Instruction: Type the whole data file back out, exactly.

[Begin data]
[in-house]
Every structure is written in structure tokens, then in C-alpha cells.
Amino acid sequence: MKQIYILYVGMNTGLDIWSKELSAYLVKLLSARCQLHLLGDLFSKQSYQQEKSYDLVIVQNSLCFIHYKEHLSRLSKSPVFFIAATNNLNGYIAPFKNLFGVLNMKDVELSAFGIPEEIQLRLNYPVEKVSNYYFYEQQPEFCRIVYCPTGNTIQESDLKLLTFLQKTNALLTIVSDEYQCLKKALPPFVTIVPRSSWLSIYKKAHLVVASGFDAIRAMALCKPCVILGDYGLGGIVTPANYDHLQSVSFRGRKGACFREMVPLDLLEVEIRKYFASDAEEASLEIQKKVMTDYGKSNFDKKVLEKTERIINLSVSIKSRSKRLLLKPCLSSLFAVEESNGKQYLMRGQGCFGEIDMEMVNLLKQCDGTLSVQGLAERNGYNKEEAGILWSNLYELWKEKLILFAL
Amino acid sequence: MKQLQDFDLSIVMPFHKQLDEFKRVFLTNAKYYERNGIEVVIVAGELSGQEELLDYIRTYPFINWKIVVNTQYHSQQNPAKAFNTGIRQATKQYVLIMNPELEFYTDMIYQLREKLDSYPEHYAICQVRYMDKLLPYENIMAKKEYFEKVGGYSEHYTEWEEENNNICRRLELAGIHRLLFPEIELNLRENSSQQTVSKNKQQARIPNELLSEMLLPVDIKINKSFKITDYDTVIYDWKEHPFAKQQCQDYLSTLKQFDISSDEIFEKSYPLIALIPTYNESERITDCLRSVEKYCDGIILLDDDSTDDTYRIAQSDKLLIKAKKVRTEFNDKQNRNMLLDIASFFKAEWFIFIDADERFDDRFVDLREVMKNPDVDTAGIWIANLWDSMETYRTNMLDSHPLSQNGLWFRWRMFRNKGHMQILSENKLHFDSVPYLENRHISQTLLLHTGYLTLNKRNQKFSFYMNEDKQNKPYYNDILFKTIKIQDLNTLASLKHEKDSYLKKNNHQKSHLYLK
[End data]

[in-house]
Every structure is written in structure tokens, then in C-alpha cells.
Amino acid sequence: MKQIYILYVGMNTGLDIWSKELSAYLVKLLSARCQLHLLGDLFSKQSYQQEKSYDLVIVQNSLCFIHYKEHLSRLSKSPVFFIAATNNLNGYIAPFKNLFGVLNMKDVELSAFGIPEEIQLRLNYPVEKVSNYYFYEQQPEFCRIVYCPTGNTIQESDLKLLTFLQKTNALLTIVSDEYQCLKKALPPFVTIVPRSSWLSIYKKAHLVVASGFDAIRAMALCKPCVILGDYGLGGIVTPANYDHLQSVSFRGRKGACFREMVPLDLLEVEIRKYFASDAEEASLEIQKKVMTDYGKSNFDKKVLEKTERIINLSVSIKSRSKRLLLKPCLSSLFAVEESNGKQYLMRGQGCFGEIDMEMVNLLKQCDGTLSVQGLAERNGYNKEEAGILWSNLYELWKEKLILFAL
Amino acid sequence: MKQLQDFDLSIVMPFHKQLDEFKRVFLTNAKYYERNGIEVVIVAGELSGQEELLDYIRTYPFINWKIVVNTQYHSQQNPAKAFNTGIRQATKQYVLIMNPELEFYTDMIYQLREKLDSYPEHYAICQVRYMDKLLPYENIMAKKEYFEKVGGYSEHYTEWEEENNNICRRLELAGIHRLLFPEIELNLRENSSQQTVSKNKQQARIPNELLSEMLLPVDIKINKSFKITDYDTVIYDWKEHPFAKQQCQDYLSTLKQFDISSDEIFEKSYPLIALIPTYNESERITDCLRSVEKYCDGIILLDDDSTDDTYRIAQSDKLLIKAKKVRTEFNDKQNRNMLLDIASFFKAEWFIFIDADERFDDRFVDLREVMKNPDVDTAGIWIANLWDSMETYRTNMLDSHPLSQNGLWFRWRMFRNKGHMQILSENKLHFDSVPYLENRHISQTLLLHTGYLTLNKRNQKFSFYMNEDKQNKPYYNDILFKTIKIQDLNTLASLKHEKDSYLKKNNHQKSHLYLK